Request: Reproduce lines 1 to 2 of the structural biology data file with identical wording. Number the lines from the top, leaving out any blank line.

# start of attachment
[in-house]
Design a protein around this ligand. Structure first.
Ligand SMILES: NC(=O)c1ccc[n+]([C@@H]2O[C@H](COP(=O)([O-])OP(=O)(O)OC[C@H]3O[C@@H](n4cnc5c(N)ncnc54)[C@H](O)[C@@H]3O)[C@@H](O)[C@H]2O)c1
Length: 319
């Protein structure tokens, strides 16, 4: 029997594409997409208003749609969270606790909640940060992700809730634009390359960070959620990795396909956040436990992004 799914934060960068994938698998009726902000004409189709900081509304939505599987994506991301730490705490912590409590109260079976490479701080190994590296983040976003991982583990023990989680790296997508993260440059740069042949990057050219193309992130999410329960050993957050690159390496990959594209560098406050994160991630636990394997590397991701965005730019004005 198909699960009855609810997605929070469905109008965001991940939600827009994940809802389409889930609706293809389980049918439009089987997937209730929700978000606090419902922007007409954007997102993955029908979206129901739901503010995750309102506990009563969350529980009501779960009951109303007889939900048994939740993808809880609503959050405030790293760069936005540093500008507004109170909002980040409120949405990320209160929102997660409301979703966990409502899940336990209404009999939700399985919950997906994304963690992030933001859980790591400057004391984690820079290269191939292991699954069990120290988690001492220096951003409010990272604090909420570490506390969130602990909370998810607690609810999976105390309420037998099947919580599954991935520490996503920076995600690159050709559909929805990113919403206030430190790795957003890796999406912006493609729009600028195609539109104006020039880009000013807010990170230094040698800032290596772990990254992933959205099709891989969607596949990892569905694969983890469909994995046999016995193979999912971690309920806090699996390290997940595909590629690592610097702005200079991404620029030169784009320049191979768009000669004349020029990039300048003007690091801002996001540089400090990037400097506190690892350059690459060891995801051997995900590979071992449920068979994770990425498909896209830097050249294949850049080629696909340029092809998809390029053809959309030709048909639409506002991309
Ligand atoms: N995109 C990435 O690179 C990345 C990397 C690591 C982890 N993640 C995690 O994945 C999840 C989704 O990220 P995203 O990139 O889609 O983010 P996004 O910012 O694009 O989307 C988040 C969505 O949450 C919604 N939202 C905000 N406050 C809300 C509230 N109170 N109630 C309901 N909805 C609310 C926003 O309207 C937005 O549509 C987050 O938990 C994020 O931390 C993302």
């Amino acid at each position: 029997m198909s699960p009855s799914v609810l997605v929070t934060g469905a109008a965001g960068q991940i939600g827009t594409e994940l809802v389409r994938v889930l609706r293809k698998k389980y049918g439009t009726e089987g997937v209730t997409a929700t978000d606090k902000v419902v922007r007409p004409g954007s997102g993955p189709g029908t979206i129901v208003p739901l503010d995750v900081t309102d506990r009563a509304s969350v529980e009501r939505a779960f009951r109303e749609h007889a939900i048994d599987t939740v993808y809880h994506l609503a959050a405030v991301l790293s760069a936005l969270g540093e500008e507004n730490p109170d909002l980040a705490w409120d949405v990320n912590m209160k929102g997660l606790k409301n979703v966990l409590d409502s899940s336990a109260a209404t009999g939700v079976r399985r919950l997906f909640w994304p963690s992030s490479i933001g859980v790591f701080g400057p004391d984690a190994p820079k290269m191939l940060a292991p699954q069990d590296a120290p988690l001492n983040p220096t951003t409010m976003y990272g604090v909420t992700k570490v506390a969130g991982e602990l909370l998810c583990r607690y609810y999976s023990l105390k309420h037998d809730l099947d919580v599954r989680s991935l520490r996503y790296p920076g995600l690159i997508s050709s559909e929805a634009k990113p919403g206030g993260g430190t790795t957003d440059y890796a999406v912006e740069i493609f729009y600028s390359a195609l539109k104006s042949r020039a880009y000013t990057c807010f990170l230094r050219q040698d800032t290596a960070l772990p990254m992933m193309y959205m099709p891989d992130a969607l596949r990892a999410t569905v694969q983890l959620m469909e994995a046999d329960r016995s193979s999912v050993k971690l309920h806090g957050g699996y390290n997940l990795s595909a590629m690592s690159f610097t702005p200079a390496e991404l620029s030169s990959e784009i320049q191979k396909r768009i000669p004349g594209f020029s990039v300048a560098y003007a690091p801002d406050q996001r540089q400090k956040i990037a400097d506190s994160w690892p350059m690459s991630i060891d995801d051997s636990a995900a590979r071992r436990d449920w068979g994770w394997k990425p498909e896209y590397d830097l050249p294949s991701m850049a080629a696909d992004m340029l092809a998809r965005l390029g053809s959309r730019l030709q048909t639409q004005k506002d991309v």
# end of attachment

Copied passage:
[in-house]
Design a protein around this ligand. Structure first.